By Ivan Pereira
The federal government is lending a hand to Haitian immigrants who need help to remain legally in the United States and U.S. Rep. Gregory Meeks (D-Jamaica) wants to make sure interested people receive assistance with as little hassle as possible.
The congressman organized a special town hall meeting Monday night at the St. Joachim & Anne Church in Queens Village to give interested applicants more information on the government’s Temporary Protected Status for Haitian nationals.
More than 400 people packed the church’s auditorium to find out how they or someone they knew could live and work in the United States legally for 18 months after President Obama announced the change in policy following the earthquake that devastated Haiti Jan. 12.
“I don’t know what the process is and I want to learn more,” said a man named Charles, a Haitian immigrant who has been living in Jamaica illegally for four years. “I don’t want to get deported.”
The TPS is implemented for people living in the United States who hail from nations that experienced natural disasters, Meeks explained. The U.S. Department of Homeland Security announced it would allow selected Haitians who were living either legally or illegally in the United States on Jan. 12 a temporary legal status for 18 months.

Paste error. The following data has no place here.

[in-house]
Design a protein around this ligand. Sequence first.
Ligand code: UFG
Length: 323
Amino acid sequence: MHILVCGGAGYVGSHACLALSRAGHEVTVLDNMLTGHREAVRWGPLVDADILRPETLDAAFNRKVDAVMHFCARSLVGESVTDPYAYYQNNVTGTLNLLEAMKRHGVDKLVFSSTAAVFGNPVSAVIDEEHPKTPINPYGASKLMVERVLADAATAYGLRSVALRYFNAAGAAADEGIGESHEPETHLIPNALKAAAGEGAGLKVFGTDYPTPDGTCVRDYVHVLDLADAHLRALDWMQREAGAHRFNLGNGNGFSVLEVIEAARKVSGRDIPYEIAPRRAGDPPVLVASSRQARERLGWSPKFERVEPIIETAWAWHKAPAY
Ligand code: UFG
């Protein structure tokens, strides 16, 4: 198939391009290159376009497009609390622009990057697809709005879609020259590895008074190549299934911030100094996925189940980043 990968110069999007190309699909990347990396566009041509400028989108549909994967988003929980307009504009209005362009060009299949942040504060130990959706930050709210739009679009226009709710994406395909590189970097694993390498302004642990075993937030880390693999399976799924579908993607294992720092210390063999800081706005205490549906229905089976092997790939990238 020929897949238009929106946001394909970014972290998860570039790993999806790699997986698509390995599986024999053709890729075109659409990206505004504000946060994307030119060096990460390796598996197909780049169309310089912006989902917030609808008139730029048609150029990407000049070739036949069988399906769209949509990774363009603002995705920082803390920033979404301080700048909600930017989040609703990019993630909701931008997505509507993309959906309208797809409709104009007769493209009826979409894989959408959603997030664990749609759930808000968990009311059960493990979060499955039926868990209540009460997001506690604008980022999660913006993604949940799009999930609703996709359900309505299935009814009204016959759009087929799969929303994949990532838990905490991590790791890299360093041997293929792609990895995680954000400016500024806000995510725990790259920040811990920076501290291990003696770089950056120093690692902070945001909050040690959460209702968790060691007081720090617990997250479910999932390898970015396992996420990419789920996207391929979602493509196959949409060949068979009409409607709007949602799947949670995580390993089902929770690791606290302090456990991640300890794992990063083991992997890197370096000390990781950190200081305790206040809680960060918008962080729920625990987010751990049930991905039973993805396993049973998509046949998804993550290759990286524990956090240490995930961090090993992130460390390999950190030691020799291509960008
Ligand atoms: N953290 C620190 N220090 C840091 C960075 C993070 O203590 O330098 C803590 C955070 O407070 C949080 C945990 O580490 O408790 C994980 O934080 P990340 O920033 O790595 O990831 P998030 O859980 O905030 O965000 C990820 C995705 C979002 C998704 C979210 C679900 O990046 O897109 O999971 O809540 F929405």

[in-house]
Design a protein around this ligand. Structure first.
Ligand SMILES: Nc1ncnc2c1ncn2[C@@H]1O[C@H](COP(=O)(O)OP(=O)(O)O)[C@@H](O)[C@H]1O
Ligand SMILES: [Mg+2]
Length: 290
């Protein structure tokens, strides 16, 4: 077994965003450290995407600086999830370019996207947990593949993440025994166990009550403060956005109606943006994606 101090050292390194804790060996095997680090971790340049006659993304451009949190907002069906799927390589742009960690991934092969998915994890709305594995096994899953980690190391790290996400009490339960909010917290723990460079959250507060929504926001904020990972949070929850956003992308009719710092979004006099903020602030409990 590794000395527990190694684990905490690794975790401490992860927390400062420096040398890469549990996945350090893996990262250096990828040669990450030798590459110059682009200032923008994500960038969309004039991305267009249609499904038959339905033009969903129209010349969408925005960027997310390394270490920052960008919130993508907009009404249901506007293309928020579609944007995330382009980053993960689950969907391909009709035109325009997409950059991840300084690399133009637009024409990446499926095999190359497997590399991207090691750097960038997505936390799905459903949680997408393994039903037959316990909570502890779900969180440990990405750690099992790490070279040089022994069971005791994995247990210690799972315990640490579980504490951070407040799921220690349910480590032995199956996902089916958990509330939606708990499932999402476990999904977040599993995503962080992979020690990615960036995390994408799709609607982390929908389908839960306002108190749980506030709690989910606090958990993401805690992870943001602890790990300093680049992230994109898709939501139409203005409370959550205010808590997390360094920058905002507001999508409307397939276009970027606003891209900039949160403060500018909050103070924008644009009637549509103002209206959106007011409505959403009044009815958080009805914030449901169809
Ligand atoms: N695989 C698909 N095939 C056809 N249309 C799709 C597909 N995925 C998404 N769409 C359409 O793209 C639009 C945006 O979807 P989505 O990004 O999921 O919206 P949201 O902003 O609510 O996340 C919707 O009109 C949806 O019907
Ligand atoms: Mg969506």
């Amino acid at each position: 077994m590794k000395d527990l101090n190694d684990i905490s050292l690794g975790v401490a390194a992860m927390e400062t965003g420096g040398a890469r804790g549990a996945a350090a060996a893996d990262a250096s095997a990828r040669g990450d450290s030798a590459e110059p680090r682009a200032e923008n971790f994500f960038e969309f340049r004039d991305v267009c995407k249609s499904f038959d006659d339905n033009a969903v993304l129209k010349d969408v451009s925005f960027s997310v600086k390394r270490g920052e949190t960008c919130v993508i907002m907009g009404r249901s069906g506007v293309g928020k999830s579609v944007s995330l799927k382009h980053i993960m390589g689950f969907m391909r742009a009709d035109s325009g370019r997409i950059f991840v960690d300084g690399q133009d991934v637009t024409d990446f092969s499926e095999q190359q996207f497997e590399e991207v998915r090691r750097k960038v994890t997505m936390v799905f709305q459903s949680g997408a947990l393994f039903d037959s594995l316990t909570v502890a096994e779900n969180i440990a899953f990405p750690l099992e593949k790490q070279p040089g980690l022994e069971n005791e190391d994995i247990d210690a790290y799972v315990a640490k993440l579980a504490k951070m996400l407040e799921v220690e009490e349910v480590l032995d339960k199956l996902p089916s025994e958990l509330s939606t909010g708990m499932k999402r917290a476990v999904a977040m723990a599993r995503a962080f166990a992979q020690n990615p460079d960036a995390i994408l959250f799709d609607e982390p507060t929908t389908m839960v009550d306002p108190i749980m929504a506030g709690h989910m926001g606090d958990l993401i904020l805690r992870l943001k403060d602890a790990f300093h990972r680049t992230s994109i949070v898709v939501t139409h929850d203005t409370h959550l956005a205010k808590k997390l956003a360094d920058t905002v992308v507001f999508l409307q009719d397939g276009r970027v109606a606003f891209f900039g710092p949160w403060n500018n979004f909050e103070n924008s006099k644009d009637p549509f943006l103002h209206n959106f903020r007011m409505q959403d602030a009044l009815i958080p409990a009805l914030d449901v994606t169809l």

“I know the message of the president of the United States is that we will stand behind Haiti,” the congressman said.
Homeland Security District Director Andrea Quarantillo laid out the specifics to applying for the legal status. The applications are only for Haitians who were in America on the day of the earthquake and not for refugees of the disaster.
“If you came after that date, you will not qualify,” Quarantillo said.
The applicant must be “continuously physically present” throughout the period of the TPS and must not have been convicted of a felony or two misdemeanors, according to Homeland Security. Quarantillo said those who are approved would have great benefits, including the ability to legally work in the United States.
“Being here legally and working can help you get a job where an employer can possibly apply for special work visas,” she said.
Meeks and Quarantillo warned the audience to watch out for unscrupulous third parties who will offer help in applying for the program. Some groups may charge extra fees and give wrong information to immigrants, especially those who cannot speak English, according to Meeks.
“People are trying to trick you and give you ridiculous fees,” the congressman said.
Quarantillo advised applicants to call Meeks’ office at 718-725-6000 if they had any more questions on applying and to pick up an application, which can only be filed through regular mail.
For more information on the TPS, log on to www.uscis.gov or call 1-800-375-5283.
Reach reporter Ivan Pereira by e-mail at firstname.lastname@example.org or by phone at 718-229-0300, Ext. 146.